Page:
Daily Archives: October 21, 2013

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Reading the Church Dogmatics 7: Content

As a theological discipline dogmatics is the scientific self-examination of the Christian Church with respect to the content of its distinctive talk about God.

Karl Barth, Church Dogmatics I/1, p.3 (emphasis added).

Barth says that dogmatic theology (unlike biblical theology and practical theology) asks ‘the question of the content of the distinctive utterance of the Church’ – the question being ‘Is it conformable to Him?’, to ‘Jesus Christ, God in His gracious revealing and reconciling address to man’ (4). It treats the content (Inhalt), rather than the basis (Begründung) or the goal (Ziel), of the church’s utterance.

It seems to me that quite a lot is implied in this focus on ‘content’. It implies that we have an ability to perform certain kinds of manipulation on the deliveries of scripture (investigated in biblical theology), and even therefore implies that we are capable of a certain kind of mastering of that which properly masters us.

To pursue biblical theology assumes an ability at least to follow the thrust of biblical texts, and to make sense of each of them. To pursue dogmatic theology assumes an ability to gather, and in that sense to order, the diverse materials investigated by biblical theology. It assumes an ability, at least to an extent, to see why each component stands as it does – to elaborate and elucidate the ordering and connection of these materials. It implies an ability to build them into a structure of some kind – a structure that we, the theologians, grasp. It implies at least some degree of systematising.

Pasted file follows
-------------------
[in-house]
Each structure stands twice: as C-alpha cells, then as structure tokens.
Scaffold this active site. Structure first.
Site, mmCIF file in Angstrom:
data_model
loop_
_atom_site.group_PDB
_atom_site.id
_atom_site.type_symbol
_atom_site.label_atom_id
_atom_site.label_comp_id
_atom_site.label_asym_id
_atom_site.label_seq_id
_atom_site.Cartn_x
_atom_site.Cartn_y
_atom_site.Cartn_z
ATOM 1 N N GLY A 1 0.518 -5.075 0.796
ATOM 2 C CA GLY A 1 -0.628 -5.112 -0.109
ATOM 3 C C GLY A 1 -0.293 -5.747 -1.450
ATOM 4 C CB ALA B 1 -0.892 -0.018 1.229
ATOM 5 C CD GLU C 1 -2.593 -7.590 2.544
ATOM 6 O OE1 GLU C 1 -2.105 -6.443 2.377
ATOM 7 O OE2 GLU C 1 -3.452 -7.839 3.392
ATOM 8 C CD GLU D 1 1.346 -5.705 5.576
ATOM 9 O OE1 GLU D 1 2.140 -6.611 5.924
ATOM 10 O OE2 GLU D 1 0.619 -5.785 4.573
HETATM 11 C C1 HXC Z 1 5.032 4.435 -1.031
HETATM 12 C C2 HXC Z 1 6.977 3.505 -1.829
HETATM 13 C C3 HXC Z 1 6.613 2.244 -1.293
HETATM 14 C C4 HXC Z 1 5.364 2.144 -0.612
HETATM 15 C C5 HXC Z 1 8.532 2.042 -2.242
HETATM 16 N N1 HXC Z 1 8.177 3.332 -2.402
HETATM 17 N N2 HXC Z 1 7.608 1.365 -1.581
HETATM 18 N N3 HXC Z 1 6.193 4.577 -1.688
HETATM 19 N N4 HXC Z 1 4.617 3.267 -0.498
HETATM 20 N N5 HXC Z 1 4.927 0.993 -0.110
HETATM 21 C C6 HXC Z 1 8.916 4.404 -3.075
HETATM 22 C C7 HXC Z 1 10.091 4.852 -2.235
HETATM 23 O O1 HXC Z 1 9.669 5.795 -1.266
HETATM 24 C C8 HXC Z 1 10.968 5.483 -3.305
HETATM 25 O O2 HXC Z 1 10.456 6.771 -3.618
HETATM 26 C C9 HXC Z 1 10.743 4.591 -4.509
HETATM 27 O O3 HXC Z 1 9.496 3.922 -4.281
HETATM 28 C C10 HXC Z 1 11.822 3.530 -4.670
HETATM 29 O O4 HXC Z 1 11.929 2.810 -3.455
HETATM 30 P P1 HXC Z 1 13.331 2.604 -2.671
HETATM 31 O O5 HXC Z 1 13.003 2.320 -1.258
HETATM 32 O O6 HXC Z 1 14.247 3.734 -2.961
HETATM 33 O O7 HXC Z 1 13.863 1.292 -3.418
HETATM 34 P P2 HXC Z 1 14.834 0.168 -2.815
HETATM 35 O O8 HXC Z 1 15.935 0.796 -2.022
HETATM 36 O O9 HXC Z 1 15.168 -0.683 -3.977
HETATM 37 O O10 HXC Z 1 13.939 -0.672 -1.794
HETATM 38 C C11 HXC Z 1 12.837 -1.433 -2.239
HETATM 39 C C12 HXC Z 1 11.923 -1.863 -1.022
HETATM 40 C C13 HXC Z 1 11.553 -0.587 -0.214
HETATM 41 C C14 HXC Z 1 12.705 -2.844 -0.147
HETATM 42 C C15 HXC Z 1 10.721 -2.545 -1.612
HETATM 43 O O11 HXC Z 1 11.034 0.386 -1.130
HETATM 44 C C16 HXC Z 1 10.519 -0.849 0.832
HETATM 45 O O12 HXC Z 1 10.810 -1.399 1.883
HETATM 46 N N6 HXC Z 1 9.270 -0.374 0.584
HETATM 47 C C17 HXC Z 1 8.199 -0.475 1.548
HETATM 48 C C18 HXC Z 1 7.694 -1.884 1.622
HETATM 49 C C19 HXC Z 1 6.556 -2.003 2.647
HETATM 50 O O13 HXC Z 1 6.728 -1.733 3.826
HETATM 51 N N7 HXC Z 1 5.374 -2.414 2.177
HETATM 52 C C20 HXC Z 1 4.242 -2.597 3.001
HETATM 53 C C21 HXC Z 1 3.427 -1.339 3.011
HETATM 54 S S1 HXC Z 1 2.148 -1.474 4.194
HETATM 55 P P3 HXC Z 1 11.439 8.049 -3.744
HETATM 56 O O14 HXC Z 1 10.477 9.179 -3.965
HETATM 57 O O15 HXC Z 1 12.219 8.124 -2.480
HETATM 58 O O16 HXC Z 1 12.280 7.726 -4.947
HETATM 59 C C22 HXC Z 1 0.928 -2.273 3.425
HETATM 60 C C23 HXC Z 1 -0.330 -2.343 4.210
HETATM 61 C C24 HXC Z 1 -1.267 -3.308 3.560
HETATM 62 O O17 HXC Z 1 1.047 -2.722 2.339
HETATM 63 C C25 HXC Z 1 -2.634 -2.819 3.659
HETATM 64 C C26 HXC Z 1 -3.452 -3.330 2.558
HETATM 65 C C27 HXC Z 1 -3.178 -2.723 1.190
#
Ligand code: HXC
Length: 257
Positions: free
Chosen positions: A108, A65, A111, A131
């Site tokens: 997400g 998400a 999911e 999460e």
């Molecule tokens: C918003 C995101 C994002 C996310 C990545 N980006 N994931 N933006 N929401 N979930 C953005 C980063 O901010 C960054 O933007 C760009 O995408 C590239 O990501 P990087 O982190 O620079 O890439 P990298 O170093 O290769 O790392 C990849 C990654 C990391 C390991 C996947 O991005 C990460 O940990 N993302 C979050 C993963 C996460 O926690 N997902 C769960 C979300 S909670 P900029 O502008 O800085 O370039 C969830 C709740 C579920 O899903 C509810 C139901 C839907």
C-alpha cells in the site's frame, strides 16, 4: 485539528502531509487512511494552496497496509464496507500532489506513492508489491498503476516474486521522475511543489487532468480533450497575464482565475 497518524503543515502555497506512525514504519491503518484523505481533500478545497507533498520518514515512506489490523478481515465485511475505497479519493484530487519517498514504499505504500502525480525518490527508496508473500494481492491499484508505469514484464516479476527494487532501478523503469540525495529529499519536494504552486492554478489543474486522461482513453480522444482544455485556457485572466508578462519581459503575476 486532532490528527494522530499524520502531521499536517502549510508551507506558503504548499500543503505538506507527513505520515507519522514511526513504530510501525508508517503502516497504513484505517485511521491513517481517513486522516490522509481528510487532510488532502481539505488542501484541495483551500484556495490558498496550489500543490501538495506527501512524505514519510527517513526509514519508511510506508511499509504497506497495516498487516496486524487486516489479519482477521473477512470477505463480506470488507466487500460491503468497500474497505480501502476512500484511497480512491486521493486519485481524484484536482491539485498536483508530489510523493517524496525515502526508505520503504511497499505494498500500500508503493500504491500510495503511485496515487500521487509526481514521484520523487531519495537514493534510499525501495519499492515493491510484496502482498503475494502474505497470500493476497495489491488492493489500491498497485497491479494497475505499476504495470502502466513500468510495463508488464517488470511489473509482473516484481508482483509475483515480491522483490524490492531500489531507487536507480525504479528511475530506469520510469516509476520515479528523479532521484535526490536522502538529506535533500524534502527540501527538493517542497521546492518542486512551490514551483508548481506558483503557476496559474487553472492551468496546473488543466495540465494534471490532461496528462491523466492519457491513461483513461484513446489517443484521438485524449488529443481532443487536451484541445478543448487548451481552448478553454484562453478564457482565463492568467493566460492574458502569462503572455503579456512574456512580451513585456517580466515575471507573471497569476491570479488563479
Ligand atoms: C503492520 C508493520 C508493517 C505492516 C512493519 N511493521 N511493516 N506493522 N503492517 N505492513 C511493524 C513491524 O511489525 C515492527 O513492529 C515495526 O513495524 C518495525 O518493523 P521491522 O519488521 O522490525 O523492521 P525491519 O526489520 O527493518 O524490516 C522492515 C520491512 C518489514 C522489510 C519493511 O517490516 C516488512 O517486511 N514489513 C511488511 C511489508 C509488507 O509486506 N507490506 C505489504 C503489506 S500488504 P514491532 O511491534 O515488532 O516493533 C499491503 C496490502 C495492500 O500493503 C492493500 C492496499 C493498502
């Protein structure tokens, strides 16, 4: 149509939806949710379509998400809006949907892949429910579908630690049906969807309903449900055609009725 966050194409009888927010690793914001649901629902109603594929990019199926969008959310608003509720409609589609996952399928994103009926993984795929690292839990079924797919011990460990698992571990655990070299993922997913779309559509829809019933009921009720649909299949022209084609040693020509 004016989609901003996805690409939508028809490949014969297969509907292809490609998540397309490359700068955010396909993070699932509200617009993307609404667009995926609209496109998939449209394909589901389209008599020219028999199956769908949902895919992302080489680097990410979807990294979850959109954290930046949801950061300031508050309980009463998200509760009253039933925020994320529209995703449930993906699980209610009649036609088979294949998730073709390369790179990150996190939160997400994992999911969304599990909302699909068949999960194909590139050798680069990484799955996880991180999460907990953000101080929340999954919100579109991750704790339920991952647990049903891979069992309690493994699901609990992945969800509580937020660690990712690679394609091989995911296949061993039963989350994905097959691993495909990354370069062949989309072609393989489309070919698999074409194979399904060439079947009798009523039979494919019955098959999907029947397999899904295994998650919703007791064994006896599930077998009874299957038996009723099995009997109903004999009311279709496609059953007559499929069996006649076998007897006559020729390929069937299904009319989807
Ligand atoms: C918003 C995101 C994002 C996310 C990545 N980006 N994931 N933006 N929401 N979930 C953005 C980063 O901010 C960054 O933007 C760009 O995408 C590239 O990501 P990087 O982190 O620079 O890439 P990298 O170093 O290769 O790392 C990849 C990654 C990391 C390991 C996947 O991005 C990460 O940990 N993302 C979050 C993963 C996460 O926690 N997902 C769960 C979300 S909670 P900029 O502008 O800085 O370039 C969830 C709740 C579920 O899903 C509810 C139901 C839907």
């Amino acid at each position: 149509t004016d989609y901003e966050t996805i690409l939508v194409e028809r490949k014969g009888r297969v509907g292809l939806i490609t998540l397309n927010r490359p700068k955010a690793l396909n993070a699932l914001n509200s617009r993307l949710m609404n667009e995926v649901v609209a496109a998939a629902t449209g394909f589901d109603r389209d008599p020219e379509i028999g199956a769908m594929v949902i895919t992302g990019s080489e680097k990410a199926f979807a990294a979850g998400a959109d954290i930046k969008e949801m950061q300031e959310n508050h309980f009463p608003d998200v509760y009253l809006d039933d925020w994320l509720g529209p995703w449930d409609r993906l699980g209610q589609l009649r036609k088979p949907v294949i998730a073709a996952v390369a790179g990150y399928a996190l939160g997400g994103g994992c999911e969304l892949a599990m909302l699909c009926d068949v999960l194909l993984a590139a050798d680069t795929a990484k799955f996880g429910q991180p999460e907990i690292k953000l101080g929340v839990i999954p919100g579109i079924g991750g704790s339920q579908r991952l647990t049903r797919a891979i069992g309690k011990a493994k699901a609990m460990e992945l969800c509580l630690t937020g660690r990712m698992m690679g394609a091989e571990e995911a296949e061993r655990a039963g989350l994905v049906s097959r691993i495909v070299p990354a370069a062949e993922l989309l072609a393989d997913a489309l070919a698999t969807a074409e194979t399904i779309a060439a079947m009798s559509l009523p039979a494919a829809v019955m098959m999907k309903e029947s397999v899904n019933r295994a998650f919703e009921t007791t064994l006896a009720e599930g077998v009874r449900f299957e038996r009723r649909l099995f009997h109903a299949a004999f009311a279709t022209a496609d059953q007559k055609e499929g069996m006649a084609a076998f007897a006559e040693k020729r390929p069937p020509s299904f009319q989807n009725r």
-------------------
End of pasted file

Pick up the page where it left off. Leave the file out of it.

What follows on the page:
At the far end of such systematising activity would stand a fully systematic theology, in which all the diverse material of Christian speech is derived from some graspable systematic centre. Barth refuses to imagine or pursue that kind of full systematicity – and his insistence on the unsystematic relationship between practical, biblical and dogmatic theology is simply one sign of this. (He does not stop short of such total systematisation arbitrarily, of course – he will give an account of why and how theology is systematic, and of the limits upon its systematicity, in due course, building those limits into the meaningful structure that he sets out.)

However far he stays from total systematising, though, Barth does defiantly make the move from the simple tracing or following of what has been said to us to the task of ordering it, connecting it, treating it as a meaningful structure of speech – a structure of meanings, of ideas – that can be investigated and understood.

That move is only possible precisely because he takes the church’s speech to be about a common subject.  That is, it is possible (in Barth’s case) because he takes the church’s speech to be about God – about God’s revealing and reconciling address in Jesus Christ. In other words, he takes it, not as an irreducibly fragmented collection of discourses, each sample to be explained only as a contribution to its own specific social and intellectual context, connected only by strands of influence and evolution to other samples, but as an ongoing conversation with a common subject matter.


This post is part of a series on the opening of Karl Barth’s Church Dogmatics I/1.